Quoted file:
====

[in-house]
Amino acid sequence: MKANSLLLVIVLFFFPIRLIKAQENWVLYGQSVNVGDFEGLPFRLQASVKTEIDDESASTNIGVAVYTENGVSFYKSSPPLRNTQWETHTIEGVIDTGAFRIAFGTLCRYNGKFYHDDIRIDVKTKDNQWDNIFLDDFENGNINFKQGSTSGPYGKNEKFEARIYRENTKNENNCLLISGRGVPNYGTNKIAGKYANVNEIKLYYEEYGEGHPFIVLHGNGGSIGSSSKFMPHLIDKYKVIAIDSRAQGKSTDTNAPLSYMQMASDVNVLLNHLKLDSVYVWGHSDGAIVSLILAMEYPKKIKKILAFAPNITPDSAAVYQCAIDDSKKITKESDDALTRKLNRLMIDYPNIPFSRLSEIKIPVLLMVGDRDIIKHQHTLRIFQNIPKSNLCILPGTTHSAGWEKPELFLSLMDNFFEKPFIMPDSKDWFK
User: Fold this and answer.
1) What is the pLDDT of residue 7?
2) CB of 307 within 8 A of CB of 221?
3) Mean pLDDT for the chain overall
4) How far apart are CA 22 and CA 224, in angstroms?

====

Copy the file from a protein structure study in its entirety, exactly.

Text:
[in-house]
Amino acid sequence: MKANSLLLVIVLFFFPIRLIKAQENWVLYGQSVNVGDFEGLPFRLQASVKTEIDDESASTNIGVAVYTENGVSFYKSSPPLRNTQWETHTIEGVIDTGAFRIAFGTLCRYNGKFYHDDIRIDVKTKDNQWDNIFLDDFENGNINFKQGSTSGPYGKNEKFEARIYRENTKNENNCLLISGRGVPNYGTNKIAGKYANVNEIKLYYEEYGEGHPFIVLHGNGGSIGSSSKFMPHLIDKYKVIAIDSRAQGKSTDTNAPLSYMQMASDVNVLLNHLKLDSVYVWGHSDGAIVSLILAMEYPKKIKKILAFAPNITPDSAAVYQCAIDDSKKITKESDDALTRKLNRLMIDYPNIPFSRLSEIKIPVLLMVGDRDIIKHQHTLRIFQNIPKSNLCILPGTTHSAGWEKPELFLSLMDNFFEKPFIMPDSKDWFK
User: Fold this and answer.
1) What is the pLDDT of residue 7?
2) CB of 307 within 8 A of CB of 221?
3) Mean pLDDT for the chain overall
4) How far apart are CA 22 and CA 224, in angstroms?